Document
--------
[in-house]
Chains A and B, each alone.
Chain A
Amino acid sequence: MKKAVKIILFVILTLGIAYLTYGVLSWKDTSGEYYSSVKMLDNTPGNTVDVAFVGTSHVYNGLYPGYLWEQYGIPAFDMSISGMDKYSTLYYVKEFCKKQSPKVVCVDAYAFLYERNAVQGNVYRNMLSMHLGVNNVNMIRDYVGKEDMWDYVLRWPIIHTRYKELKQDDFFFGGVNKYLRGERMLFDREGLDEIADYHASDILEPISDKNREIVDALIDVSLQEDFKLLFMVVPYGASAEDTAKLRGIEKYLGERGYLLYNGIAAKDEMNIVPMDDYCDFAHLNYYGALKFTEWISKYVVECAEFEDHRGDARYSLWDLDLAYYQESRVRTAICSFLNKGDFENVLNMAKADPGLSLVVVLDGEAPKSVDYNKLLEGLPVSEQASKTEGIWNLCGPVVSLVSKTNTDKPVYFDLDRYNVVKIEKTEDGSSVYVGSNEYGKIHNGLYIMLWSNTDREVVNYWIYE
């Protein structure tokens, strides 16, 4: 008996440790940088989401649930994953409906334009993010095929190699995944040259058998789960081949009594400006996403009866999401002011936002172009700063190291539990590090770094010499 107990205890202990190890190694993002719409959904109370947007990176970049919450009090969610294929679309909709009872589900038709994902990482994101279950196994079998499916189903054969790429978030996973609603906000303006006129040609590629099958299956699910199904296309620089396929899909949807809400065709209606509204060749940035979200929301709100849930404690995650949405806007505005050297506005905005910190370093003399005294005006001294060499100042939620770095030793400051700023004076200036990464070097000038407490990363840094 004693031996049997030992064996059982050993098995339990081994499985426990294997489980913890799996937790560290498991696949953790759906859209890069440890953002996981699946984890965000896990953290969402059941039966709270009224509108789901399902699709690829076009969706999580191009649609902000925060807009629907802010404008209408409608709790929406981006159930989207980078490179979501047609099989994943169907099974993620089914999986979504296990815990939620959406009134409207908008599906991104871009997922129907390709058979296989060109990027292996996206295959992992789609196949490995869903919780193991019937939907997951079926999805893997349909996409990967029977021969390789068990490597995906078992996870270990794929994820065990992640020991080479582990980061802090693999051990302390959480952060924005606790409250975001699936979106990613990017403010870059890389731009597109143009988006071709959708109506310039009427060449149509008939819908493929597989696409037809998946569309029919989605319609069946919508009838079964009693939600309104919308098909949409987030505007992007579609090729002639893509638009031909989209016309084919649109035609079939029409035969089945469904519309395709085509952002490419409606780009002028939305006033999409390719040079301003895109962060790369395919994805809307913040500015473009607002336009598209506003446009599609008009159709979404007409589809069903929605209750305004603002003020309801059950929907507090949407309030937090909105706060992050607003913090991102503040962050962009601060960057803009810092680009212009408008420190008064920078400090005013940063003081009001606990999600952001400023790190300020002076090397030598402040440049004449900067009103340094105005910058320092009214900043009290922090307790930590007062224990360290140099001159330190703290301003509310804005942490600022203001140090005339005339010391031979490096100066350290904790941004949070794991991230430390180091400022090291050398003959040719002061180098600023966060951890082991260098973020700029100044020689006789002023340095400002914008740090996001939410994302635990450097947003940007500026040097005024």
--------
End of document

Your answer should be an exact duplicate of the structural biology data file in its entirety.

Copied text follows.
[in-house]
Chains A and B, each alone.
Chain A
Amino acid sequence: MKKAVKIILFVILTLGIAYLTYGVLSWKDTSGEYYSSVKMLDNTPGNTVDVAFVGTSHVYNGLYPGYLWEQYGIPAFDMSISGMDKYSTLYYVKEFCKKQSPKVVCVDAYAFLYERNAVQGNVYRNMLSMHLGVNNVNMIRDYVGKEDMWDYVLRWPIIHTRYKELKQDDFFFGGVNKYLRGERMLFDREGLDEIADYHASDILEPISDKNREIVDALIDVSLQEDFKLLFMVVPYGASAEDTAKLRGIEKYLGERGYLLYNGIAAKDEMNIVPMDDYCDFAHLNYYGALKFTEWISKYVVECAEFEDHRGDARYSLWDLDLAYYQESRVRTAICSFLNKGDFENVLNMAKADPGLSLVVVLDGEAPKSVDYNKLLEGLPVSEQASKTEGIWNLCGPVVSLVSKTNTDKPVYFDLDRYNVVKIEKTEDGSSVYVGSNEYGKIHNGLYIMLWSNTDREVVNYWIYE
């Protein structure tokens, strides 16, 4: 008996440790940088989401649930994953409906334009993010095929190699995944040259058998789960081949009594400006996403009866999401002011936002172009700063190291539990590090770094010499 107990205890202990190890190694993002719409959904109370947007990176970049919450009090969610294929679309909709009872589900038709994902990482994101279950196994079998499916189903054969790429978030996973609603906000303006006129040609590629099958299956699910199904296309620089396929899909949807809400065709209606509204060749940035979200929301709100849930404690995650949405806007505005050297506005905005910190370093003399005294005006001294060499100042939620770095030793400051700023004076200036990464070097000038407490990363840094 004693031996049997030992064996059982050993098995339990081994499985426990294997489980913890799996937790560290498991696949953790759906859209890069440890953002996981699946984890965000896990953290969402059941039966709270009224509108789901399902699709690829076009969706999580191009649609902000925060807009629907802010404008209408409608709790929406981006159930989207980078490179979501047609099989994943169907099974993620089914999986979504296990815990939620959406009134409207908008599906991104871009997922129907390709058979296989060109990027292996996206295959992992789609196949490995869903919780193991019937939907997951079926999805893997349909996409990967029977021969390789068990490597995906078992996870270990794929994820065990992640020991080479582990980061802090693999051990302390959480952060924005606790409250975001699936979106990613990017403010870059890389731009597109143009988006071709959708109506310039009427060449149509008939819908493929597989696409037809998946569309029919989605319609069946919508009838079964009693939600309104919308098909949409987030505007992007579609090729002639893509638009031909989209016309084919649109035609079939029409035969089945469904519309395709085509952002490419409606780009002028939305006033999409390719040079301003895109962060790369395919994805809307913040500015473009607002336009598209506003446009599609008009159709979404007409589809069903929605209750305004603002003020309801059950929907507090949407309030937090909105706060992050607003913090991102503040962050962009601060960057803009810092680009212009408008420190008064920078400090005013940063003081009001606990999600952001400023790190300020002076090397030598402040440049004449900067009103340094105005910058320092009214900043009290922090307790930590007062224990360290140099001159330190703290301003509310804005942490600022203001140090005339005339010391031979490096100066350290904790941004949070794991991230430390180091400022090291050398003959040719002061180098600023966060951890082991260098973020700029100044020689006789002023340095400002914008740090996001939410994302635990450097947003940007500026040097005024």